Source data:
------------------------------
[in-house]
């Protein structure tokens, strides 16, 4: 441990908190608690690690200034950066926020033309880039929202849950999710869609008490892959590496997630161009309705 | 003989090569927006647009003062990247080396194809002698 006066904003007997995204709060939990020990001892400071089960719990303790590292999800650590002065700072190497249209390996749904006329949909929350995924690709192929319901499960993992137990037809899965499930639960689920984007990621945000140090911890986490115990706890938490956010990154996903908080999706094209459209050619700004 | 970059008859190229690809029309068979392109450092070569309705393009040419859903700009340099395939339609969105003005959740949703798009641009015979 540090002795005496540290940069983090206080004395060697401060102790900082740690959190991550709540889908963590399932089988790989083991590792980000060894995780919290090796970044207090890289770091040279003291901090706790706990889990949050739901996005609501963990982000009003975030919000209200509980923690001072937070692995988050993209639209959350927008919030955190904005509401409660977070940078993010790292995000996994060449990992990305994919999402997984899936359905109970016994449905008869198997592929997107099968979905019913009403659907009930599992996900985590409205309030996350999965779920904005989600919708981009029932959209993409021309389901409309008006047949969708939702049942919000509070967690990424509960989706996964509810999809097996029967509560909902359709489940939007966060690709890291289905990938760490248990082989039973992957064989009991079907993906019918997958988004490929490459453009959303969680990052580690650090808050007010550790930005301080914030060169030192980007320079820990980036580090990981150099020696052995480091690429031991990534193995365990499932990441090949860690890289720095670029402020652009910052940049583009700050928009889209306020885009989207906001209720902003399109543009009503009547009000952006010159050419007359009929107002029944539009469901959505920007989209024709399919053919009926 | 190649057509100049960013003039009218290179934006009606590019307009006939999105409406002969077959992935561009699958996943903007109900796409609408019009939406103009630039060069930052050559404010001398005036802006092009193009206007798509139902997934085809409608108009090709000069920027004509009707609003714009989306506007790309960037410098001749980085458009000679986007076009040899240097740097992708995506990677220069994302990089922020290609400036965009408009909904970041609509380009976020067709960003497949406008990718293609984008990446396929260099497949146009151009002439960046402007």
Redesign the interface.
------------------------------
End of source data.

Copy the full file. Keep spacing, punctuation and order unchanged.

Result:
[in-house]
């Protein structure tokens, strides 16, 4: 441990908190608690690690200034950066926020033309880039929202849950999710869609008490892959590496997630161009309705 | 003989090569927006647009003062990247080396194809002698 006066904003007997995204709060939990020990001892400071089960719990303790590292999800650590002065700072190497249209390996749904006329949909929350995924690709192929319901499960993992137990037809899965499930639960689920984007990621945000140090911890986490115990706890938490956010990154996903908080999706094209459209050619700004 | 970059008859190229690809029309068979392109450092070569309705393009040419859903700009340099395939339609969105003005959740949703798009641009015979 540090002795005496540290940069983090206080004395060697401060102790900082740690959190991550709540889908963590399932089988790989083991590792980000060894995780919290090796970044207090890289770091040279003291901090706790706990889990949050739901996005609501963990982000009003975030919000209200509980923690001072937070692995988050993209639209959350927008919030955190904005509401409660977070940078993010790292995000996994060449990992990305994919999402997984899936359905109970016994449905008869198997592929997107099968979905019913009403659907009930599992996900985590409205309030996350999965779920904005989600919708981009029932959209993409021309389901409309008006047949969708939702049942919000509070967690990424509960989706996964509810999809097996029967509560909902359709489940939007966060690709890291289905990938760490248990082989039973992957064989009991079907993906019918997958988004490929490459453009959303969680990052580690650090808050007010550790930005301080914030060169030192980007320079820990980036580090990981150099020696052995480091690429031991990534193995365990499932990441090949860690890289720095670029402020652009910052940049583009700050928009889209306020885009989207906001209720902003399109543009009503009547009000952006010159050419007359009929107002029944539009469901959505920007989209024709399919053919009926 | 190649057509100049960013003039009218290179934006009606590019307009006939999105409406002969077959992935561009699958996943903007109900796409609408019009939406103009630039060069930052050559404010001398005036802006092009193009206007798509139902997934085809409608108009090709000069920027004509009707609003714009989306506007790309960037410098001749980085458009000679986007076009040899240097740097992708995506990677220069994302990089922020290609400036965009408009909904970041609509380009976020067709960003497949406008990718293609984008990446396929260099497949146009151009002439960046402007």
Redesign the interface.